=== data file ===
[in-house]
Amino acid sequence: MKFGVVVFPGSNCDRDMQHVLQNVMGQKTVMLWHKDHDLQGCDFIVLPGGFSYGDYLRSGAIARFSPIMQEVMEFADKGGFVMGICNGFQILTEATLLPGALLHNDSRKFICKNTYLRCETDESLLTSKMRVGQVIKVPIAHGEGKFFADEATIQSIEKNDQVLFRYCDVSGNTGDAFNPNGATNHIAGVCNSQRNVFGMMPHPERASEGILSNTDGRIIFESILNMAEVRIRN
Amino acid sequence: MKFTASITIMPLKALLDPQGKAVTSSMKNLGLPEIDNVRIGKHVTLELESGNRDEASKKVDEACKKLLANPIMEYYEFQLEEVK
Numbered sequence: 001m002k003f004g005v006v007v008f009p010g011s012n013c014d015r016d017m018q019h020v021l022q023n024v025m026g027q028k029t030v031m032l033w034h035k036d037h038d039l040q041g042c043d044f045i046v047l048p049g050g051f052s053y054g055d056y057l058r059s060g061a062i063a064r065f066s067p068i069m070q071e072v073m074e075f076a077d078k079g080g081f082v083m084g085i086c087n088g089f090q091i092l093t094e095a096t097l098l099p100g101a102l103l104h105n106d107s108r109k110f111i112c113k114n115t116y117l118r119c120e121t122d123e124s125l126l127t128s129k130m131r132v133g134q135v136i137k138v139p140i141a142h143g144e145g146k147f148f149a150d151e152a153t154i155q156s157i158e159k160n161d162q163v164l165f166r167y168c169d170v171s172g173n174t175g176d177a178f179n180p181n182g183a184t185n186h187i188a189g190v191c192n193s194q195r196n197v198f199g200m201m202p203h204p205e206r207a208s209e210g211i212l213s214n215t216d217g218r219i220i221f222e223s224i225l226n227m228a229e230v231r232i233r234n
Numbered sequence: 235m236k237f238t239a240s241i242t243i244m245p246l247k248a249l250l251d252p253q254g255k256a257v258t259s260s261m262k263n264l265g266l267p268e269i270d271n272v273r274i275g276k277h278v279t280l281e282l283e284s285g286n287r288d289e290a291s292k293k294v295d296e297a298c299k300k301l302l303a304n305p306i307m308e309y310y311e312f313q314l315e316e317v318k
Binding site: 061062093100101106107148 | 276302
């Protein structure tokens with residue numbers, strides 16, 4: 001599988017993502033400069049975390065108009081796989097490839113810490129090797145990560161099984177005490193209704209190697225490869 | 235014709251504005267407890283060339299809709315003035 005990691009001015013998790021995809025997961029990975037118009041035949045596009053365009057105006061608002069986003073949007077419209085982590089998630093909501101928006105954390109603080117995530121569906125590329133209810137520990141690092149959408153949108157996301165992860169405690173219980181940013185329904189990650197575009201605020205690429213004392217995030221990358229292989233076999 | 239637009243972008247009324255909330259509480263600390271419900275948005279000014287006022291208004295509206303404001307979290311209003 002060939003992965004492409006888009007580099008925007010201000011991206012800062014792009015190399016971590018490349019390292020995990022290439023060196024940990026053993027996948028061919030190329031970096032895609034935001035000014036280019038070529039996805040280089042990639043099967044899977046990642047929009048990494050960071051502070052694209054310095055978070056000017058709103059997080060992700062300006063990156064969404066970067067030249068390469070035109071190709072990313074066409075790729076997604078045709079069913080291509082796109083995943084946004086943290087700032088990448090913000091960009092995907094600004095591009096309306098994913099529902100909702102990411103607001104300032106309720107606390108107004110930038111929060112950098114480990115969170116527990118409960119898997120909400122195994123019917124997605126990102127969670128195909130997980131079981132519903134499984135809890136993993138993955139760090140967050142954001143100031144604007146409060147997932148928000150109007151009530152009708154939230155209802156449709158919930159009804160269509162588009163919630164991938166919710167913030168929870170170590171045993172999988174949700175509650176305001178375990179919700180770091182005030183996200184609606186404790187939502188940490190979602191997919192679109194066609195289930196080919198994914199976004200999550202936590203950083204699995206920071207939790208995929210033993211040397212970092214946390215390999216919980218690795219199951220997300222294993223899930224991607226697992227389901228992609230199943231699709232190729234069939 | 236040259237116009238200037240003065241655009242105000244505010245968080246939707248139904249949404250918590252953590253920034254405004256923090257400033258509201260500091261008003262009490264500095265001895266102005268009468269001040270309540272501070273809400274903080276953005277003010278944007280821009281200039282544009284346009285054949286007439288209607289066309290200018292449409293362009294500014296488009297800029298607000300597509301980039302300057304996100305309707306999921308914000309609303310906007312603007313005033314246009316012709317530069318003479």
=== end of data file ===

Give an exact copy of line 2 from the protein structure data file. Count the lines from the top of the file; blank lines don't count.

Amino acid sequence: MKFGVVVFPGSNCDRDMQHVLQNVMGQKTVMLWHKDHDLQGCDFIVLPGGFSYGDYLRSGAIARFSPIMQEVMEFADKGGFVMGICNGFQILTEATLLPGALLHNDSRKFICKNTYLRCETDESLLTSKMRVGQVIKVPIAHGEGKFFADEATIQSIEKNDQVLFRYCDVSGNTGDAFNPNGATNHIAGVCNSQRNVFGMMPHPERASEGILSNTDGRIIFESILNMAEVRIRN